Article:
If you have ever seen an episode of “Snapped!” you will recognize the pattern. Each tells the story of some family’s unraveling, usually ending in a suspicious disappearance or crime. They always start out with close-up shots of family photos, everyone all smiling and matchy-matchy, living a good life in a good community where nothing bad could ever happen — then shift to yellow police tape and a booking photo of (usually) the woman, with the announcer sounding deeply disapproving: “…and then she SNAPPED!”
I got to thinking about the template, and realized several familiar stories fit right in…
The three little pigs had it all – a sturdy house, a loving mother, and a healthy respect for the local criminal kingpin, the Big Bad Wolf. Then in a surprising turn of events, the three brothers find themselves homeless, running for their lives, and the Wolf family claims their patriarch has seemingly disappeared off the face of the earth. Did the wolf end up in a pot of soup, a victim of the Pig Clan as investigators allege? Or is Mr. Wolf responsible for his own “disappearance,” to frame the pigs for a crime they didn’t commit?
Goldilocks was just like any girl living at the edge of a forest: full of dreams, full of curiosity, and full of a sense of adventure. It was a safe place to live, except for one unsolved crime spree that rocked Grimm Forest a decade ago. For years the community buzzed with the startling home invasion and destruction of personal property suffered by the three bears, but despite a detailed police sketch authorities had no culprit in mind… that is, until a wee little spoon was found on the dashboard of Miss Goldilocks’ car in a routine traffic stop. Could this flaxen-haired beauty be the criminal mind behind the porridge-robbing, chair-breaking, bed-sleeping intruder that terrorized the Grimm Forest so long ago? Did the police finally have the culprit that was just right?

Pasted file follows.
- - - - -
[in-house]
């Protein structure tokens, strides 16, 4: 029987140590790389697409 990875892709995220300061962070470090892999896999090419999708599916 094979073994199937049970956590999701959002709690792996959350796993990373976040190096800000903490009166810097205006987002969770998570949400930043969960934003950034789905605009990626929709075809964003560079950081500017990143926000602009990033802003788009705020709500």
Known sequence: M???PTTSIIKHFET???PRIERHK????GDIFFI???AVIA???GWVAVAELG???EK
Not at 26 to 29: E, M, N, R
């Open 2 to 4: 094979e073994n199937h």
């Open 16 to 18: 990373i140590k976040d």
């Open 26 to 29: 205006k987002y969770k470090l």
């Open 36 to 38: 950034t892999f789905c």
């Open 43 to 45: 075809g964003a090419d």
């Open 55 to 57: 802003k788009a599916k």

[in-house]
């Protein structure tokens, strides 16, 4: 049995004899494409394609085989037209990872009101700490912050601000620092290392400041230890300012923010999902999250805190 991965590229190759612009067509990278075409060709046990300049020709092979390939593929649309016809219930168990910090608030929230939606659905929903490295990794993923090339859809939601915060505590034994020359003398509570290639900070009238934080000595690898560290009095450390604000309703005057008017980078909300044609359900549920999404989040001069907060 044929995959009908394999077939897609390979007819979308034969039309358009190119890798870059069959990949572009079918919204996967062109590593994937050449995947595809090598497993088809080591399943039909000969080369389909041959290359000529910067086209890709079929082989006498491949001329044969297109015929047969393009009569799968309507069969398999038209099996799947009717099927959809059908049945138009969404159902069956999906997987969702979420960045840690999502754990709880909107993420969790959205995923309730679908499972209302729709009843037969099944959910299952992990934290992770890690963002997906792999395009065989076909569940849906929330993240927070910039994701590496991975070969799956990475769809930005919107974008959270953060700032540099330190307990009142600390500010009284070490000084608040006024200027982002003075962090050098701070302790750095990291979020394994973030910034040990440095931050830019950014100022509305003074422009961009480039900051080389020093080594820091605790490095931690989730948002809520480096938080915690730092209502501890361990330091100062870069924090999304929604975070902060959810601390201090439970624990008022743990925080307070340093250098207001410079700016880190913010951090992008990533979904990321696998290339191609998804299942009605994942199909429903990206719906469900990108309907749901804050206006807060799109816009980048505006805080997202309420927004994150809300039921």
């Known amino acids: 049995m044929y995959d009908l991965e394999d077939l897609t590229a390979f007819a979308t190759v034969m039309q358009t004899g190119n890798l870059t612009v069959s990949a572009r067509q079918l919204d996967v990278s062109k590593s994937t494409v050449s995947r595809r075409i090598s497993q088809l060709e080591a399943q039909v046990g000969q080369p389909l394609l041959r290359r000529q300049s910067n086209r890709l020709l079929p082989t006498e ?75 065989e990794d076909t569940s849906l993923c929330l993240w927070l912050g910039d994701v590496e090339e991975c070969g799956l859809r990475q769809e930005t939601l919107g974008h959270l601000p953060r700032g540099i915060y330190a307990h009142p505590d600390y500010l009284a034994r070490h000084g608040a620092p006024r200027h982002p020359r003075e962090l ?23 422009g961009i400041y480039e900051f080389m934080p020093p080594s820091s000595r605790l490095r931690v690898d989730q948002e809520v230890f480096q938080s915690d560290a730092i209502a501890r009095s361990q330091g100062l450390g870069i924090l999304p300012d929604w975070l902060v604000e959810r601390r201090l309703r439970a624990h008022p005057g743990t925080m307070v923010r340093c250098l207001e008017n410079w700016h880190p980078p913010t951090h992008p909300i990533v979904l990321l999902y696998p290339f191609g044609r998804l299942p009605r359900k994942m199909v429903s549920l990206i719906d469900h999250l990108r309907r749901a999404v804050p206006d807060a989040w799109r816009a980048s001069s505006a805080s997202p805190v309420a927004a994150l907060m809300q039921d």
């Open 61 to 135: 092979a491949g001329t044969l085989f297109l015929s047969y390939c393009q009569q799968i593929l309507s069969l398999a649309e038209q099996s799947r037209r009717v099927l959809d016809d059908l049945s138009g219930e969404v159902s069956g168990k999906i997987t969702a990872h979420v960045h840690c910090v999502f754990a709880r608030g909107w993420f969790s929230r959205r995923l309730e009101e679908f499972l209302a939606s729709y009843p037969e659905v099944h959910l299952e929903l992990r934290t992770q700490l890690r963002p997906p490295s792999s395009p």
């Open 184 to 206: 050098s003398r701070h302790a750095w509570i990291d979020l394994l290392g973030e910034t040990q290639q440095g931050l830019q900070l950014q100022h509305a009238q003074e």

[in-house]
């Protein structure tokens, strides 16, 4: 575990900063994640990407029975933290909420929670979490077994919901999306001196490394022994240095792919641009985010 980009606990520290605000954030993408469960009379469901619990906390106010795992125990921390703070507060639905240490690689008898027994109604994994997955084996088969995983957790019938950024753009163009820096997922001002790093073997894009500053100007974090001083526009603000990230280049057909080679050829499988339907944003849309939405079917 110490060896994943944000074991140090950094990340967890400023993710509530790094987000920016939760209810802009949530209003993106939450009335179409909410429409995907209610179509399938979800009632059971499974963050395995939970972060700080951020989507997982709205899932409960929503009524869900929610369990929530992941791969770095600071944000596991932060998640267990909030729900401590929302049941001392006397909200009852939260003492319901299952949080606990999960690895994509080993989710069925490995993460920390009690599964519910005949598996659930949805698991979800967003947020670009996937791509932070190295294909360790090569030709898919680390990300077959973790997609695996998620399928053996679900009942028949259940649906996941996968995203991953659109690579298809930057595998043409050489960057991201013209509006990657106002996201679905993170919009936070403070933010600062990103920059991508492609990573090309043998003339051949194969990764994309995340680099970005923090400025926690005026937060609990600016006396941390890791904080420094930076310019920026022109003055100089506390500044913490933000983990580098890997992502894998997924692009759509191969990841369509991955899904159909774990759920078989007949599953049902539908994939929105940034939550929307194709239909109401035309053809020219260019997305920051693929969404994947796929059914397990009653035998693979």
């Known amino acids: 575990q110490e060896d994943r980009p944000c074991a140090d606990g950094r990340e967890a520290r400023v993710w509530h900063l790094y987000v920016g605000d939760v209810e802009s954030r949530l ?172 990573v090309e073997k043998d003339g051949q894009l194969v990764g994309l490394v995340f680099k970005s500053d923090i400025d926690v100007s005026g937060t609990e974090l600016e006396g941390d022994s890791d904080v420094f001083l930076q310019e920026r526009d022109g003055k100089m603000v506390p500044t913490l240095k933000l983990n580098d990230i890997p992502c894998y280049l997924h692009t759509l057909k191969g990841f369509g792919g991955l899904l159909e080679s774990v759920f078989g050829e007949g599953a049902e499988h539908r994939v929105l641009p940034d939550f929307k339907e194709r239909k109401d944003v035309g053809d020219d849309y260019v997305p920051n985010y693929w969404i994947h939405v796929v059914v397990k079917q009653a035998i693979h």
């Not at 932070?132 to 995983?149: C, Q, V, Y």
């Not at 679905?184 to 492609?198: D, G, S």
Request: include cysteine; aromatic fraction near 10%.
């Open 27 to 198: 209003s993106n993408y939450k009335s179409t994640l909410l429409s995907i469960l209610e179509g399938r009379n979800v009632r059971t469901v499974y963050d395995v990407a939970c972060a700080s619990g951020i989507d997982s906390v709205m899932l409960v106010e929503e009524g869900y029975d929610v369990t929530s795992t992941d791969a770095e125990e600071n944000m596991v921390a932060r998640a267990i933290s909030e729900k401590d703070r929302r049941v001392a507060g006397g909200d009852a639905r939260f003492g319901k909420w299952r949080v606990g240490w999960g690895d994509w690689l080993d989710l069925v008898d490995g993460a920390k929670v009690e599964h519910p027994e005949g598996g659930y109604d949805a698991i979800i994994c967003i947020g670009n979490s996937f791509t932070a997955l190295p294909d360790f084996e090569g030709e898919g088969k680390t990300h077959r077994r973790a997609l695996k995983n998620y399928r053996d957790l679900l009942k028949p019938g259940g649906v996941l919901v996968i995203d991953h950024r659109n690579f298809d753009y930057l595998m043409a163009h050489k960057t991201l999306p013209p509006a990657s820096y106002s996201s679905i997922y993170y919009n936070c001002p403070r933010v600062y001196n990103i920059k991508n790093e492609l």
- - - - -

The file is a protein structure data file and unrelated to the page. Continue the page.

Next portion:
When Jill met Jack, everyone agreed theirs was a storybook romance. Long walks up hills were common for the popular couple – until the evening of July 12, 2009, when Jack was discovered at the bottom of the hill with a broken crown. Police initially ruled it an accident– until friends of the couple mentioned a certain dalliance with Miss Muffet. Did Jack really fall on his own, as Jill’s attorneys allege, or was he pushed in a bid to do him in before he could rewrite the nursery rhyme to include a spider and some whey? Was it really an accident, or something more sinister?
More examples of crimes and misdeeds dot the children’s section of the library. Kidnappings and unlawful detainments are commonplace, as are thefts of items from giants and other “undesirables.” Could the Three Billy Goats be guilty of criminal trespass in their attempt to cross the Troll’s Bridge? Are they now squatting on property that does not, in fact, belong to them? Did Rapunzel’s father really break and enter to obtain the magical flower that saved his wife, and did he barter his unborn child for the deal? Did the tailors in the Emperor’s New Clothes exercise some sinister mind control over the ruler, or were controlled substances to blame? (And while we’re on the subject, clearly controlled substances can also be traced to such rhymes as Hey, Diddle Diddle, Humpty Dumpty and Rub a Dub Dub…)
Who will be next? Sources say the Little Red Hen has reached a critical breaking point in her life. After working her wings to the bone to grow, harvest, grind, and bake her wheat crop into food, her no-good, lazy, parasitic friends continue to take advantage of her good nature. Will she continue her codependent pattern and share her bread, or will she SNAP?